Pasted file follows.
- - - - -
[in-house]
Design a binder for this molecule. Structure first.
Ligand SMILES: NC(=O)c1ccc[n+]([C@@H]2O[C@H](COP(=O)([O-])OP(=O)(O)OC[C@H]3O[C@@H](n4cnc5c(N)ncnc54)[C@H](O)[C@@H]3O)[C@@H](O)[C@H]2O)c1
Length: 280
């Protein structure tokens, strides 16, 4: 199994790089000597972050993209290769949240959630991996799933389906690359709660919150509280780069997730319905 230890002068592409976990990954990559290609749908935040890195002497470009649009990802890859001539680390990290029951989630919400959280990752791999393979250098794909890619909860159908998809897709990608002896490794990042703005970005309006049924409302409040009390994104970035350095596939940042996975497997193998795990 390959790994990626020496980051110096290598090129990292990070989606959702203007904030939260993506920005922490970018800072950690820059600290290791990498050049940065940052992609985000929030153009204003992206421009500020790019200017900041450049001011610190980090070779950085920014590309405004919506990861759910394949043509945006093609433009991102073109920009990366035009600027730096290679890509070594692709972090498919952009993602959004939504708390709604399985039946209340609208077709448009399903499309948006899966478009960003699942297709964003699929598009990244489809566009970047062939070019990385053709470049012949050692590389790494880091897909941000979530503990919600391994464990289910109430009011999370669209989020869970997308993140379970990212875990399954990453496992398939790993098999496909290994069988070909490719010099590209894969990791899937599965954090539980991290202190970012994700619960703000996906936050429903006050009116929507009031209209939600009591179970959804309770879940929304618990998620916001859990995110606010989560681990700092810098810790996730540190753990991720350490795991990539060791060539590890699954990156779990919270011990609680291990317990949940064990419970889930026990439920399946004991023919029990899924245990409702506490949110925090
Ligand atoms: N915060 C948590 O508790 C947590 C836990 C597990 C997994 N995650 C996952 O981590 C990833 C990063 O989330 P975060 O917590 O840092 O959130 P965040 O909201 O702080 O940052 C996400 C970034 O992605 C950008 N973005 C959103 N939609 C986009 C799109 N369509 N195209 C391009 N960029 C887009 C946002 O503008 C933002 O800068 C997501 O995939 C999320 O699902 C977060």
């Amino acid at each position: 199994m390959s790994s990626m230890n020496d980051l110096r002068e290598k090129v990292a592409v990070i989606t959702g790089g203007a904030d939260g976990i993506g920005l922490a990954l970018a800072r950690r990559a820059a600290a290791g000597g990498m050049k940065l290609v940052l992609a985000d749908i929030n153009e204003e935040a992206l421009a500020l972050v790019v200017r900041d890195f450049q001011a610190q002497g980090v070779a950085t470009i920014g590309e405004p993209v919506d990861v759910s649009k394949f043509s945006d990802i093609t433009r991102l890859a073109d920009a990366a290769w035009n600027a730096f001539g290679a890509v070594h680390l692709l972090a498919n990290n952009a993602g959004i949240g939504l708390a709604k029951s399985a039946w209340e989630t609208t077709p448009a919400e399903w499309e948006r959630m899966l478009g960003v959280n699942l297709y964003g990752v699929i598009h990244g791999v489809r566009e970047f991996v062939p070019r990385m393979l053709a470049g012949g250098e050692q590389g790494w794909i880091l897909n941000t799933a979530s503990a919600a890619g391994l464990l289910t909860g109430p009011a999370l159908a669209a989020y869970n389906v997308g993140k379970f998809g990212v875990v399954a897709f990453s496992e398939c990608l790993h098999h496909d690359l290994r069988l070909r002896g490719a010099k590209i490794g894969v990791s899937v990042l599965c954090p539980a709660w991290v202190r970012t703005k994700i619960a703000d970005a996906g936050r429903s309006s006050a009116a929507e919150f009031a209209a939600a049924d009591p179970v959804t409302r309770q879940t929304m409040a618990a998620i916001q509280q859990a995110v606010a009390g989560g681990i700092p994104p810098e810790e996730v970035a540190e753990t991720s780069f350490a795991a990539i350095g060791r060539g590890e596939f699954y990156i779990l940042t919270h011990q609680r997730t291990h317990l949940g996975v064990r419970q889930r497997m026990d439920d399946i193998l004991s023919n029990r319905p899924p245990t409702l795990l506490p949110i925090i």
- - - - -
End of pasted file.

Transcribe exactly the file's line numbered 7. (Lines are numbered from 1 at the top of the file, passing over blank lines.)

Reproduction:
């Amino acid at each position: 199994m390959s790994s990626m230890n020496d980051l110096r002068e290598k090129v990292a592409v990070i989606t959702g790089g203007a904030d939260g976990i993506g920005l922490a990954l970018a800072r950690r990559a820059a600290a290791g000597g990498m050049k940065l290609v940052l992609a985000d749908i929030n153009e204003e935040a992206l421009a500020l972050v790019v200017r900041d890195f450049q001011a610190q002497g980090v070779a950085t470009i920014g590309e405004p993209v919506d990861v759910s649009k394949f043509s945006d990802i093609t433009r991102l890859a073109d920009a990366a290769w035009n600027a730096f001539g290679a890509v070594h680390l692709l972090a498919n990290n952009a993602g959004i949240g939504l708390a709604k029951s399985a039946w209340e989630t609208t077709p448009a919400e399903w499309e948006r959630m899966l478009g960003v959280n699942l297709y964003g990752v699929i598009h990244g791999v489809r566009e970047f991996v062939p070019r990385m393979l053709a470049g012949g250098e050692q590389g790494w794909i880091l897909n941000t799933a979530s503990a919600a890619g391994l464990l289910t909860g109430p009011a999370l159908a669209a989020y869970n389906v997308g993140k379970f998809g990212v875990v399954a897709f990453s496992e398939c990608l790993h098999h496909d690359l290994r069988l070909r002896g490719a010099k590209i490794g894969v990791s899937v990042l599965c954090p539980a709660w991290v202190r970012t703005k994700i619960a703000d970005a996906g936050r429903s309006s006050a009116a929507e919150f009031a209209a939600a049924d009591p179970v959804t409302r309770q879940t929304m409040a618990a998620i916001q509280q859990a995110v606010a009390g989560g681990i700092p994104p810098e810790e996730v970035a540190e753990t991720s780069f350490a795991a990539i350095g060791r060539g590890e596939f699954y990156i779990l940042t919270h011990q609680r997730t291990h317990l949940g996975v064990r419970q889930r497997m026990d439920d399946i193998l004991s023919n029990r319905p899924p245990t409702l795990l506490p949110i925090i």